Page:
Gilead nabs YM BioSciences for $510 million

Acquisition gains Gilead a JAK inhibitor candidate for treatment of myelofibrosis

Kelsey Kaustinen
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FOSTER CITY, Calif.—Gilead Sciences, Inc., together with YMBioSciences Inc., has announced the signing of a definitive agreement by whichGilead will acquire YM BioSciences for $2.95 per share, for an approximatetotal of $510 million. YM's board of directors has unanimously approved theacquisition, which is expected to close in the first quarter of next year.
"Since our acquisition of CYT387 nearly three years ago, YMhas made great progress in advancing CYT387 through the clinical, regulatory,manufacturing and business development processes," David Allan, chairman of YM,said in a press release. "While Gilead's acquisition will end a long, variedand interesting journey for YM, we are pleased to have this transactioncrystallize the present value of this important therapeutic candidate."
CYT387 is YM's lead drug candidate, an oral, once-daily,selective inhibitor of the Janus kinase (JAK) family. The JAK family of enzymesare implicated in several disorders, including myeloproliferative diseases, inflammatorydisorders and some cancers. CYT387, which inhibits JAK1 and JAK2 specifically,has demonstrated positive results in a Phase I/II clinical trial in 166patients with myelofibrosis, a life-threatening myeloproliferative disease inwhich the bone marrow is replaced by scar tissue. As noted by PubMed Health,when bone marrow scarring occurs, the marrow is unable to produce enough bloodcells, which can lead to anemia, bleeding issues and a higher risk ofinfection. In addition, as the liver and spleen try to make up the deficit, theorgans swell, a result known as extramedullary hematopoiesis. Once thetransaction is complete, Gilead plans to move the compound forward into a PhaseIII clinical trial in myelofibrosis in the second half of 2013.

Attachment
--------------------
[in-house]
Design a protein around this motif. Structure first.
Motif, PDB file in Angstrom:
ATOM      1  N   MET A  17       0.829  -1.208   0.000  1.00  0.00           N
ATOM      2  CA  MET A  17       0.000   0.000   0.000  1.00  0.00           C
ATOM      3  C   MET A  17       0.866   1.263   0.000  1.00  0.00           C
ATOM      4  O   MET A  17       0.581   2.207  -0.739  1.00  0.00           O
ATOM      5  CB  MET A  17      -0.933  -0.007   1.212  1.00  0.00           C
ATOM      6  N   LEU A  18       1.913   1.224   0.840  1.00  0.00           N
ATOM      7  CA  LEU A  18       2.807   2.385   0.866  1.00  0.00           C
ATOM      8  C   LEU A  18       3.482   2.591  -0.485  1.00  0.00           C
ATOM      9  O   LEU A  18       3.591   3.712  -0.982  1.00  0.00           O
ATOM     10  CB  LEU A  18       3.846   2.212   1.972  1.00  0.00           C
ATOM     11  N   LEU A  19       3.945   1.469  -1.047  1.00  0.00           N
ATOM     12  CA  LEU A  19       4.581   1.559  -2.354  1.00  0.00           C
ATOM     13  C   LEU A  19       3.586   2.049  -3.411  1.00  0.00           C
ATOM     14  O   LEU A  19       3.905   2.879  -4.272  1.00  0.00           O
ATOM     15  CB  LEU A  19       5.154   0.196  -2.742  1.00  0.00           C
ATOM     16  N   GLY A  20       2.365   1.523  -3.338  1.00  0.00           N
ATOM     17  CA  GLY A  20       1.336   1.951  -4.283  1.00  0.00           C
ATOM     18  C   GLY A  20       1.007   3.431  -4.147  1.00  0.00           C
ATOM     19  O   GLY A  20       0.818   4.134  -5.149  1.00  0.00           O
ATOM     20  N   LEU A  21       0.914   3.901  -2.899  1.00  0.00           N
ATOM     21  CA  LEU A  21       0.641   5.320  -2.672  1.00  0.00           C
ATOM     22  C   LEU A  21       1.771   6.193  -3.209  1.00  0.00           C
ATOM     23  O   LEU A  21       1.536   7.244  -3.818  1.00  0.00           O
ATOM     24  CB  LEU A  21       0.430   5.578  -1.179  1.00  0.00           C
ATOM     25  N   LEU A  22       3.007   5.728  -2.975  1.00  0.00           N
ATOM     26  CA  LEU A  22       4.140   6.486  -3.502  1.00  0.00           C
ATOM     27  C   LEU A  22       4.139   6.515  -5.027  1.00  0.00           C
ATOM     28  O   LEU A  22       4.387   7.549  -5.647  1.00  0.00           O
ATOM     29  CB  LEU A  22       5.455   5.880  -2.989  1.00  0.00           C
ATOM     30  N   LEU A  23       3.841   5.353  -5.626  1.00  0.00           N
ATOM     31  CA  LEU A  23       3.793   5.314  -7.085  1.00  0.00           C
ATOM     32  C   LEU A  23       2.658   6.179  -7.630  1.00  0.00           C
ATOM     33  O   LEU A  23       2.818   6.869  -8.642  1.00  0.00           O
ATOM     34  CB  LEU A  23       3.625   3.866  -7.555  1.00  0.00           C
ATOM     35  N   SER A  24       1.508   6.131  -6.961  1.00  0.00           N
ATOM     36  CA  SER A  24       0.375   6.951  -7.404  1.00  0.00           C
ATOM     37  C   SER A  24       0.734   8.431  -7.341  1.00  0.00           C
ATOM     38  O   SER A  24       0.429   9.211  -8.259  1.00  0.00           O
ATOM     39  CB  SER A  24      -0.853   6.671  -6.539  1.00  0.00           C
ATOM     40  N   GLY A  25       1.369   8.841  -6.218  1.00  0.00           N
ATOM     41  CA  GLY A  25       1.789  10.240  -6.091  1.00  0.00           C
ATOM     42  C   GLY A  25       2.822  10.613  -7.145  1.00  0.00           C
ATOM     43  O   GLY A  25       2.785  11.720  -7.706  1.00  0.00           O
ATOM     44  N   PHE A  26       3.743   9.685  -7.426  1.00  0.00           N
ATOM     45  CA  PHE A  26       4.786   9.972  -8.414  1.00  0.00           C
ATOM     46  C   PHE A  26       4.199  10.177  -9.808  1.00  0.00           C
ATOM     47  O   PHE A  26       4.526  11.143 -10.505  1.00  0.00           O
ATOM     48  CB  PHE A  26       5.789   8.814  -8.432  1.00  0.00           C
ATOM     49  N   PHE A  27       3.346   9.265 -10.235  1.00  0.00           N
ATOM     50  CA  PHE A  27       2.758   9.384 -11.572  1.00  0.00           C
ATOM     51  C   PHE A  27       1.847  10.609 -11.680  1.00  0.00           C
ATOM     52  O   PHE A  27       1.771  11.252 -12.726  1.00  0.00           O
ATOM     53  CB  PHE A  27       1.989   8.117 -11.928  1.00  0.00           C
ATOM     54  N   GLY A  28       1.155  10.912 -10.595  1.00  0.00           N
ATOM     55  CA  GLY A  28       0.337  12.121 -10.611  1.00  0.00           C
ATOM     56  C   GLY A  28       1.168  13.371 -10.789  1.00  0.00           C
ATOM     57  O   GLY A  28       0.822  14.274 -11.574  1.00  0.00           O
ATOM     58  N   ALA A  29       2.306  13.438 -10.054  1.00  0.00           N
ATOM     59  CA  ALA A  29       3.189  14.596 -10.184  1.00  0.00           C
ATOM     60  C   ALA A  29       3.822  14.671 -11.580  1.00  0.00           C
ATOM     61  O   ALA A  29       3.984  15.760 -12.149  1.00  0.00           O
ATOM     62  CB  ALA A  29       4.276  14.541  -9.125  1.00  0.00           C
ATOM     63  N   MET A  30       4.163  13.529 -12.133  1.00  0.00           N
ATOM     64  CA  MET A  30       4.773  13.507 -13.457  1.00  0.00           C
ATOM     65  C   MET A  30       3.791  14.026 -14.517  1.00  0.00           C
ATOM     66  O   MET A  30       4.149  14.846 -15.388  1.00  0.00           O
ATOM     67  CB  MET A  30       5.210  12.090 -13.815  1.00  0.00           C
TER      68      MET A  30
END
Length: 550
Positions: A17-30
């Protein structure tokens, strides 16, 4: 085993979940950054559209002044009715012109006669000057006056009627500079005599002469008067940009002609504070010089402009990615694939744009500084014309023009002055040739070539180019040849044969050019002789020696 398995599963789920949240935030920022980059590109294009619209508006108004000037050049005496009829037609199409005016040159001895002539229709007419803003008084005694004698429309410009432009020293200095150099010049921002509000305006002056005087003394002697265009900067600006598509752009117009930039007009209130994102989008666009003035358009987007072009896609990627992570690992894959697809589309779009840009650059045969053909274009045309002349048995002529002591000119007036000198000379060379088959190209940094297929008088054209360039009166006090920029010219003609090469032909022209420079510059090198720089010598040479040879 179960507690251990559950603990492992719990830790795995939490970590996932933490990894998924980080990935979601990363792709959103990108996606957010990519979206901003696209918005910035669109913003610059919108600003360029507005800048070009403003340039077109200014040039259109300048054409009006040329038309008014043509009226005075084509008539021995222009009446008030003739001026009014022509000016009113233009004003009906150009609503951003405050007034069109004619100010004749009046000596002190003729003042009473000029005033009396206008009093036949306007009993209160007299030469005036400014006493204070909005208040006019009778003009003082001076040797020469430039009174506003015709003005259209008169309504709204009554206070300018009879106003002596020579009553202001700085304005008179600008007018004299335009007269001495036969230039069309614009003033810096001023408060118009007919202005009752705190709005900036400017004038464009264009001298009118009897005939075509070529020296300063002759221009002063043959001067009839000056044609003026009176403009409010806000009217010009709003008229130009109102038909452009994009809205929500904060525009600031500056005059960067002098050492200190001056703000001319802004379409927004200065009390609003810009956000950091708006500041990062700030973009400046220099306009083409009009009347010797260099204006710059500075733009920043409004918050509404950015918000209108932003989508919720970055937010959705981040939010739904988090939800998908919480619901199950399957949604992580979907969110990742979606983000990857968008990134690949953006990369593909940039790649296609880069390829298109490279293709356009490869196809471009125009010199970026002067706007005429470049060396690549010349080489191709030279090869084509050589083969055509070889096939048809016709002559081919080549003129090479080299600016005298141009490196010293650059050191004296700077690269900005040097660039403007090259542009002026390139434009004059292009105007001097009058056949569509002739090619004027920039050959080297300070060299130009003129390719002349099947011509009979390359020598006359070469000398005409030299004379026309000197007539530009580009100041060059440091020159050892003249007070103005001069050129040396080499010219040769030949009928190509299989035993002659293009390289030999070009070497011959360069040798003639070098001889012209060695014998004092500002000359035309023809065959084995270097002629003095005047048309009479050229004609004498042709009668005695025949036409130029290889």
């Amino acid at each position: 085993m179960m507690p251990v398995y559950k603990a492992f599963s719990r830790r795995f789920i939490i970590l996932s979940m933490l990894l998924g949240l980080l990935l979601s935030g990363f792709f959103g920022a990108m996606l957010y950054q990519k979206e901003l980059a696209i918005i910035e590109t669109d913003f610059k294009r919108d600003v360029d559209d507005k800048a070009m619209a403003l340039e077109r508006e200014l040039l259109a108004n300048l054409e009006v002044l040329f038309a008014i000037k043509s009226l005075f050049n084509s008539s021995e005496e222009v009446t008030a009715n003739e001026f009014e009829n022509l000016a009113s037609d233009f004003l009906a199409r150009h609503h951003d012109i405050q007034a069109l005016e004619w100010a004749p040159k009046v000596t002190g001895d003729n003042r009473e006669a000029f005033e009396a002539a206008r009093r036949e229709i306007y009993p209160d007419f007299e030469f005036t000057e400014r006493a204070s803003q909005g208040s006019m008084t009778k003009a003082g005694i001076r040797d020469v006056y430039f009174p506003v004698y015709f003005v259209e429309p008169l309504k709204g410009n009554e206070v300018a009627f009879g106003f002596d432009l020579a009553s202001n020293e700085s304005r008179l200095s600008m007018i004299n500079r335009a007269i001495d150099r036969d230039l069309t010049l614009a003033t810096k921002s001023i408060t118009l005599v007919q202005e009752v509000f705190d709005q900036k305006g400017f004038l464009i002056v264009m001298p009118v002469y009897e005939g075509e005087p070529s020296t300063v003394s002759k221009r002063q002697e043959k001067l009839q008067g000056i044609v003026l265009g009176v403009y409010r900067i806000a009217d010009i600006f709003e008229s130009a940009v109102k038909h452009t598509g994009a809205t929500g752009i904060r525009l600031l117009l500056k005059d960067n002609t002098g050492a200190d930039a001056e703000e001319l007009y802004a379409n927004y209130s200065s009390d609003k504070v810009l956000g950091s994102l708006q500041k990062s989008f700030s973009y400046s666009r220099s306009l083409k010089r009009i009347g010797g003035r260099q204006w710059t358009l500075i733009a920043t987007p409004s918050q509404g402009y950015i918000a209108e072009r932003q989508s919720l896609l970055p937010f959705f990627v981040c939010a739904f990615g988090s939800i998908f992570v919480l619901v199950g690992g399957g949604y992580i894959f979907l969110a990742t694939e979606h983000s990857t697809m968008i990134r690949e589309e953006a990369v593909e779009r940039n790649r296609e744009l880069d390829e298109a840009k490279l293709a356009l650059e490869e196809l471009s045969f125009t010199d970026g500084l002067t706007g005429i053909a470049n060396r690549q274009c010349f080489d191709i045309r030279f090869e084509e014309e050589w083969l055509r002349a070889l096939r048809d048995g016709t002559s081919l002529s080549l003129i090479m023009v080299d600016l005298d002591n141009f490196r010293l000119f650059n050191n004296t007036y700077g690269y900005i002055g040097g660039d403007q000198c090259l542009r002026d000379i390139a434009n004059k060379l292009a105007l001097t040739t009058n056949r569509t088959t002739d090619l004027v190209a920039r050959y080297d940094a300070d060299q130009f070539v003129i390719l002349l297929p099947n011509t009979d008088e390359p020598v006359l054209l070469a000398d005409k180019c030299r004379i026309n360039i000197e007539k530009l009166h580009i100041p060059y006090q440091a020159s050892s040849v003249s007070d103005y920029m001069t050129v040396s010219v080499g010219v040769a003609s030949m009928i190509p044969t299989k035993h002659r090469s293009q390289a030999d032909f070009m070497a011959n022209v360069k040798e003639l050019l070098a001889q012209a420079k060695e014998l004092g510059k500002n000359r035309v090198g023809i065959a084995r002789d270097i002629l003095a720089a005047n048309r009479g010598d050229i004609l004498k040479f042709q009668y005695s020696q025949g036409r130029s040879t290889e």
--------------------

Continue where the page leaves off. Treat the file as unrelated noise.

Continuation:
"This acquisition represents an opportunity to add acomplementary clinical program in the area of hematologic cancers to ourgrowing oncology portfolio," Norbert W. Bischofberger, Ph.D., Gilead'sexecutive vice president of Research and Development and chief scientificofficer, said in a statement. "Based on promising Phase 2 data, we believeCYT387 could provide important clinical benefit for patients withmyelofibrosis, including potential improvements with regard to anemia anddecreased dependence on blood transfusions. We look forward to advancing CYT387into a Phase 3 study as quickly as possible and to exploring its potential inother myeloproliferative diseases with significant unmet medical need."
"This agreement represents a positive outcome both for myelofibrosispatients and for our shareholders. Gilead has the research and developmentcapabilities and the resources needed to more fully realize the potential ofCYT387 as a therapeutic advance for myelofibrosis patients and potentially forother indications," Dr. Nick Glover, president and CEO of YM, added in a pressrelease.
The finalization of the transaction is subject toshareholder approval as well as customary closing conditions, including courtand regulatory approvals as well as expiration or termination of the waitingperiod under the Hart-Scott-Rodino Antitrust Improvements Act.
YM brought on BofA Merrill Lynch and Bloom Burton & financial advisors, and Gowling Lafleur Henderson LLP, Heenan Blaikie LLPand Dorsey & Whitney LLP as its legal counsel for the transaction. WilsonSonsini Goodrich & Rosati, Professional Corporation and Blake Cassels andGraydon LLP were brought on by Gilead for advisement on the acquisition.
SOURCE: Gilead press release

Kelsey Kaustinen

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